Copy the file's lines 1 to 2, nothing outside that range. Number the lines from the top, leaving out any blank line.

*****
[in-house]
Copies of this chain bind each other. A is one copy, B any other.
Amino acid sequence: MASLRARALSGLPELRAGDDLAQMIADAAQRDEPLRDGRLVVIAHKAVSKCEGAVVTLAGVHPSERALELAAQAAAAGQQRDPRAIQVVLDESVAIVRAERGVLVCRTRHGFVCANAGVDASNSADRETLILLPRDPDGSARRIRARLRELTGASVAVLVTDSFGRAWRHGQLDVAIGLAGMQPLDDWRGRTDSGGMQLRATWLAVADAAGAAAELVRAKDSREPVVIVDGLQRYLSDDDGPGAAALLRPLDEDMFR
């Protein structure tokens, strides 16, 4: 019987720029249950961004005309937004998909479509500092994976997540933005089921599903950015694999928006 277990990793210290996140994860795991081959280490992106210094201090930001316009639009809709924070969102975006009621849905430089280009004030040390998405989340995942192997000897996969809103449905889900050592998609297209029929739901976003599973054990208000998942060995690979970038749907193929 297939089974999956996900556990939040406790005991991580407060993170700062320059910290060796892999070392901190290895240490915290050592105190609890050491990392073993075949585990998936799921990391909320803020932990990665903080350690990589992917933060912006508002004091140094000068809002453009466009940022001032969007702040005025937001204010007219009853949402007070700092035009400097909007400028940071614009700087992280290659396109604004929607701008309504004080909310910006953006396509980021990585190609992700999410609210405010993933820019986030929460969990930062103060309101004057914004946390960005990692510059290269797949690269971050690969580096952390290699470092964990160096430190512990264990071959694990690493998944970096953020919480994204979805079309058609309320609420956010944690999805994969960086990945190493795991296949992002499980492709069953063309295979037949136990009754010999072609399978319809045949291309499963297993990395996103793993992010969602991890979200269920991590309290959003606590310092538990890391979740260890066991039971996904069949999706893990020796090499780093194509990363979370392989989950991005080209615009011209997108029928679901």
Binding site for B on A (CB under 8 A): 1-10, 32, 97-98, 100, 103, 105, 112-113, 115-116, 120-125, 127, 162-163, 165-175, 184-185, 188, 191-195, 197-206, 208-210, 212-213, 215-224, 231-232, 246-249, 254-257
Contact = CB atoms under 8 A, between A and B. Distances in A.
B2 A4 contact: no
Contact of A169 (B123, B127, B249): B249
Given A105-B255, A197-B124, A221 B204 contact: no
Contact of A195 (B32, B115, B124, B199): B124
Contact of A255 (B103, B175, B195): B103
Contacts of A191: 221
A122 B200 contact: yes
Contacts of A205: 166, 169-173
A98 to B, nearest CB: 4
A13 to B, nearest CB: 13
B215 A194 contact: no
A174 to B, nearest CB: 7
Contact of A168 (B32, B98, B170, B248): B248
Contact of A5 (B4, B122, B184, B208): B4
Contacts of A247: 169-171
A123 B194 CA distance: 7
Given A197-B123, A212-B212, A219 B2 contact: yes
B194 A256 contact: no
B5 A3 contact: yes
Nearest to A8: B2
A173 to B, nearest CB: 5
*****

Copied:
[in-house]
Copies of this chain bind each other. A is one copy, B any other.